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Quantification of the Relative Effects of Temperature, pH, and Water Activity on Inactivation of Escherichia coli in Fermented Meat by Meta-Analysis

Citation

McQuestin, O and Shadbolt, CT and Ross, T, Quantification of the Relative Effects of Temperature, pH, and Water Activity on Inactivation of Escherichia coli in Fermented Meat by Meta-Analysis, Applied and Environmental Microbiology, 75, (22) pp. 6963-6972. ISSN 0099-2240 (2009) [Refereed Article]

DOI: doi:10.1128/AEM.00291-09

Abstract

Outbreaks of Escherichia coli infections linked to fermented meats have prompted much research into the kinetics of E. coli inactivation during fermented meat manufacture. A meta-analysis of data from 44 independent studies was undertaken that allowed the relative influences of pH, water activity (aw), and temperature on E. coli survival during fermented meat processing to be investigated. Data were reevaluated to determine rates of inactivation, providing 484 rate data points with various pH (2.8 to 6.14), aw (0.75 to 0.986), and temperature (-20 to 66°C) values, product formulations, and E. coli strains and serotypes. When the data were presented as an Arrhenius model, temperature (0 to 47°C) accounted for 61% of the variance in the ln(inactivation rate) data. In contrast, the pH or aw measured accounted for less than 8% of variability in the data, and the effects of other pH- and aw-based variables (i.e., total decrease and rates of reduction of those factors) were largely dependent on the temperature of the process. These findings indicate that although temperatures typically used in fermented meat manufacture are not lethal to E. coli per se, when other factors prevent E. coli growth (e.g., low pH and aw), the rate of inactivation of E. coli is dominated by temperature. In contrast, inactivation rates at temperatures above ∼50°C were characterized by smaller z values than those at 0 to 47°C, suggesting that the mechanisms of inactivation are different in these temperature ranges. The Arrhenius model developed can be used to improve product safety by quantifying the effects of changes in temperature and/or time on E. coli inactivation during fermented meat manufacture. Copyright © 2009, American Society for Microbiology. All Rights Reserved.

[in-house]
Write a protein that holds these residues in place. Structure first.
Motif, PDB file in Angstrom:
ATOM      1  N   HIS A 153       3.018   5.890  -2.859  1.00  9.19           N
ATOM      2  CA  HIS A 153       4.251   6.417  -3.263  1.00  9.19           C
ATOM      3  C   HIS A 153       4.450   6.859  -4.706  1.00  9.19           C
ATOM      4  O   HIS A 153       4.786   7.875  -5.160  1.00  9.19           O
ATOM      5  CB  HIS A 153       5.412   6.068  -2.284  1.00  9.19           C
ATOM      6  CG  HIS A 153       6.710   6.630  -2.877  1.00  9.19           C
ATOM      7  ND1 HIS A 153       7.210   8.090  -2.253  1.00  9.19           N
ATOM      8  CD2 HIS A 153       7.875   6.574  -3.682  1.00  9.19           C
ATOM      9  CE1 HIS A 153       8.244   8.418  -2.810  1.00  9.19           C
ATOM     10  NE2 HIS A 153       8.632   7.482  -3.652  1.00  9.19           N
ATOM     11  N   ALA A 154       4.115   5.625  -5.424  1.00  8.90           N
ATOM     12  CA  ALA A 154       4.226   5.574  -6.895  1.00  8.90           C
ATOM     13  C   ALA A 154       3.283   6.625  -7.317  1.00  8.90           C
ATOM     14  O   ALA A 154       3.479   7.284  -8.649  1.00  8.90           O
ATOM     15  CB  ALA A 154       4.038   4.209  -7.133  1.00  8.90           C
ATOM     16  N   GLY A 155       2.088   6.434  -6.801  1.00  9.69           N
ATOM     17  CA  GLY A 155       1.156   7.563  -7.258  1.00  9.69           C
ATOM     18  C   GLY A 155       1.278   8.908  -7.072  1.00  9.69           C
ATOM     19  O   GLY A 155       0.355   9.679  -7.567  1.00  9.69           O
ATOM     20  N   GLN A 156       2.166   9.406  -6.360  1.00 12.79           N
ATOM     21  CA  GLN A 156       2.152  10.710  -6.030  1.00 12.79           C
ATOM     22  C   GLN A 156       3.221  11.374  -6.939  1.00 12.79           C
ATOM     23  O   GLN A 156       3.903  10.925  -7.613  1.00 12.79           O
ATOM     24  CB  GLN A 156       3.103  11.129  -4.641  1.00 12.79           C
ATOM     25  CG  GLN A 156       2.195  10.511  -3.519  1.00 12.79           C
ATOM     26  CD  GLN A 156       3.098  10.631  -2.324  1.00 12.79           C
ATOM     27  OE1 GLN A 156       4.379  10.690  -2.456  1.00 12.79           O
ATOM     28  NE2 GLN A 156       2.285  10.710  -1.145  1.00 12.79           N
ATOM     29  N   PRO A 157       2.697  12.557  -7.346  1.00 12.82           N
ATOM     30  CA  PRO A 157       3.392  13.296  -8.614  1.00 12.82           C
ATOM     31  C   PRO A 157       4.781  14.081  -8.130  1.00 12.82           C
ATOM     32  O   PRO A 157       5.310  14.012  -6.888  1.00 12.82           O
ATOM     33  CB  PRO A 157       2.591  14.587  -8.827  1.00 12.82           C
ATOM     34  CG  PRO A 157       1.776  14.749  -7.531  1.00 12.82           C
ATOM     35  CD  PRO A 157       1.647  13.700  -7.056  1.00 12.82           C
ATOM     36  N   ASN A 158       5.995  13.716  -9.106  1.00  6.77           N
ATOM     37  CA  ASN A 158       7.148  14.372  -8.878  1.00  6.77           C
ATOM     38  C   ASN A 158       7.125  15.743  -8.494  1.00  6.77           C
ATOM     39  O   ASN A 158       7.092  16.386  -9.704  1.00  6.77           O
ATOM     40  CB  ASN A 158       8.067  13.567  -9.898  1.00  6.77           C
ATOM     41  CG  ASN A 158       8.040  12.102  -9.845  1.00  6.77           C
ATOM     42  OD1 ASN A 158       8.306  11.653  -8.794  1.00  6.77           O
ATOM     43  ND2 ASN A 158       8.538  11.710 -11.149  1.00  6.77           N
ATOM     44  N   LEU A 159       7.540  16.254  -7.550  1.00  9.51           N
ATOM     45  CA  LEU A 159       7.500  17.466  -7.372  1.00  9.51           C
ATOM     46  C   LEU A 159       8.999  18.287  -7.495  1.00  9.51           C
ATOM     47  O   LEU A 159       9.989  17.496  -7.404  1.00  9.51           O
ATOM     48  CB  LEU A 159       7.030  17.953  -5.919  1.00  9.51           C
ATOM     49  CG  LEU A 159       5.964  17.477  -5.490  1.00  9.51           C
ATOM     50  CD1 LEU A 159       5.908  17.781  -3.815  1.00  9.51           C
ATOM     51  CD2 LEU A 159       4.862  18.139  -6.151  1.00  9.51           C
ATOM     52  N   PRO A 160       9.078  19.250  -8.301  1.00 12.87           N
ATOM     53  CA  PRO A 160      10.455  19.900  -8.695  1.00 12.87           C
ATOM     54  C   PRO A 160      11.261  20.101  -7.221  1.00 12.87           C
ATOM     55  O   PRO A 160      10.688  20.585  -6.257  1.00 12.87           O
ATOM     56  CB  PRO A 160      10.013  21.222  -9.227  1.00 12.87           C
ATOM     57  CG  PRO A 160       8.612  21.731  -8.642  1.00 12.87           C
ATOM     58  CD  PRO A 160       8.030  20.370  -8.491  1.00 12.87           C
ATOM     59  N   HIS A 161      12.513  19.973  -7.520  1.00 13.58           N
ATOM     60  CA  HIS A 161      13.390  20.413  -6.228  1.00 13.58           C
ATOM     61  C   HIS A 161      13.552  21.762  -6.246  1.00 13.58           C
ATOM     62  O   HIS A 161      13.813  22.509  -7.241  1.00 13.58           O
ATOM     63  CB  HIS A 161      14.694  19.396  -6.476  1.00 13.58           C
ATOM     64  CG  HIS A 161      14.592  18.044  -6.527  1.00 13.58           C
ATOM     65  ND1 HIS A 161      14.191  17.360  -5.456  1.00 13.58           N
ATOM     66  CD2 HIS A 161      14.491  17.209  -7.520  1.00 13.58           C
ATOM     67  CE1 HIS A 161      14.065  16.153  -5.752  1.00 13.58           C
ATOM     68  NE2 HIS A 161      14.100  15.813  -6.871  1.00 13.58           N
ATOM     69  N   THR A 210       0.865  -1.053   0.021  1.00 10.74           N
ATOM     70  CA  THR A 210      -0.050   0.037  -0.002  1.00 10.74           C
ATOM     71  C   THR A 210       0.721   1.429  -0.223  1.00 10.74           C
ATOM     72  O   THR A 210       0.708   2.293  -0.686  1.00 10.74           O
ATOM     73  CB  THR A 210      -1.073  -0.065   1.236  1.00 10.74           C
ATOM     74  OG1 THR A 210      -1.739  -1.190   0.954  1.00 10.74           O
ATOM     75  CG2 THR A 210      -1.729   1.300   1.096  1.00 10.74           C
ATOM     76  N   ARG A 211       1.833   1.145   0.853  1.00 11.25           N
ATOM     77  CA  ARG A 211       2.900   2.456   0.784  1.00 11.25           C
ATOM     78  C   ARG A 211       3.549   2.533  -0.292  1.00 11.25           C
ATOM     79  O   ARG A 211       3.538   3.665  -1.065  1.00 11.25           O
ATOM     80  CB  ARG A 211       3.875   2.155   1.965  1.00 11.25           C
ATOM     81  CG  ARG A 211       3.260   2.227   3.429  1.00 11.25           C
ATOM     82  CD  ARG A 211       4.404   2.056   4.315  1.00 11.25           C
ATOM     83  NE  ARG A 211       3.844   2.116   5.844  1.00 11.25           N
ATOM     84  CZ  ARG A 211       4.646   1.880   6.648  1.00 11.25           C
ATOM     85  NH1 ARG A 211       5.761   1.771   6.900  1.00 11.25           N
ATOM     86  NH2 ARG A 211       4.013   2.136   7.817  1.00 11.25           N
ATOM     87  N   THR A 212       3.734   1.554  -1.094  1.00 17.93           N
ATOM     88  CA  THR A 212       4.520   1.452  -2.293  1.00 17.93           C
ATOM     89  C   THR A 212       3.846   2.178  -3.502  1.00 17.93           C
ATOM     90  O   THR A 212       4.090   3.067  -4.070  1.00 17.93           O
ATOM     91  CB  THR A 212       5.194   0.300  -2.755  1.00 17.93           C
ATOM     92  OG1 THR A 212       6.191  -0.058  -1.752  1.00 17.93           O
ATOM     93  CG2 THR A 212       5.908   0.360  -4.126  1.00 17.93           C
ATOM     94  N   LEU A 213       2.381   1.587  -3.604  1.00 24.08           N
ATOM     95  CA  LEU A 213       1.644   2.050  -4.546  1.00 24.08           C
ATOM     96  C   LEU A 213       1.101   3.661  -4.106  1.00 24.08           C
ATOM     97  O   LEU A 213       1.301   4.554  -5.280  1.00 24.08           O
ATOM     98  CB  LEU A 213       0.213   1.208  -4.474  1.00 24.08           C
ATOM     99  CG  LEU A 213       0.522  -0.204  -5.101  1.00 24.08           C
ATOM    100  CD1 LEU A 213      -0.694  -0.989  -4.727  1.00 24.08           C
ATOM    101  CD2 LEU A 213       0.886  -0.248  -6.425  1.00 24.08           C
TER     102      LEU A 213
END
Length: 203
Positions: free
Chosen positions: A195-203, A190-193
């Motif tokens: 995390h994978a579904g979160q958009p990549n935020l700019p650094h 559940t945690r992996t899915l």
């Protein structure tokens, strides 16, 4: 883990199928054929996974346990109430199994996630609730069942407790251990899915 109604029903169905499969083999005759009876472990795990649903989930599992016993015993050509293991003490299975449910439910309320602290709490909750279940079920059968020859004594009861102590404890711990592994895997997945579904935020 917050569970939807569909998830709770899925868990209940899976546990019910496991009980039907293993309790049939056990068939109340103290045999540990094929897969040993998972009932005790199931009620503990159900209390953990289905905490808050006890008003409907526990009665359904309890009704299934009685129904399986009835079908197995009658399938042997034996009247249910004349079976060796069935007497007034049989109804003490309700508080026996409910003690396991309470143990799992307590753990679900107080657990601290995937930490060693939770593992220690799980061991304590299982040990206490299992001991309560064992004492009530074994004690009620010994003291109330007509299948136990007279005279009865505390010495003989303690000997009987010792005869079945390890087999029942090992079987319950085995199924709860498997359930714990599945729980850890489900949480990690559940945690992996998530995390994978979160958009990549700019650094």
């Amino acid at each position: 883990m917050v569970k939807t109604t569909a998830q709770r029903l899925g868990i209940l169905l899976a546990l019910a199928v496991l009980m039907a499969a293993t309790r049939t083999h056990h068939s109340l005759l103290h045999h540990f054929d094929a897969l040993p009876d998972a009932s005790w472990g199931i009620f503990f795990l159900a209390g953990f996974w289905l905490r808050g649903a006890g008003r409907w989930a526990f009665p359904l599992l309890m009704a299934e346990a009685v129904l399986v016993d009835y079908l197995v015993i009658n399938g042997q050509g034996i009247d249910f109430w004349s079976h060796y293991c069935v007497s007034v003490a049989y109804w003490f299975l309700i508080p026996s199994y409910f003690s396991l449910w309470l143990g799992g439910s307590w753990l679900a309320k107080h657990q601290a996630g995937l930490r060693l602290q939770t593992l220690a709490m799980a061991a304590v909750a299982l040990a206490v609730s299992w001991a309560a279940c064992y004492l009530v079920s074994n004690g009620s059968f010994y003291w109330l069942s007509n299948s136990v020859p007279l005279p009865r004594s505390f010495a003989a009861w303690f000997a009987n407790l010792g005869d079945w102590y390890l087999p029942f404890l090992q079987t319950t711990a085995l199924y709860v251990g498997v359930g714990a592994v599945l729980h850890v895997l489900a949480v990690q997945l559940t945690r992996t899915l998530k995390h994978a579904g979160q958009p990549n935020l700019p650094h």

Item Details

Item Type:Refereed Article
Research Division:Biological Sciences
Research Group:Microbiology
Research Field:Bacteriology
Objective Division:Health
Objective Group:Public Health (excl. Specific Population Health)
Objective Field:Food Safety
Author:McQuestin, O (Dr Olivia McQuestin)
Author:Shadbolt, CT (Mr Craig Shadbolt)
Author:Ross, T (Associate Professor Tom Ross)
ID Code:54431
Year Published:2009
Web of Science® Times Cited:35
Deposited By:Agricultural Science
Deposited On:2009-02-20
Last Modified:2012-03-05
Downloads:0

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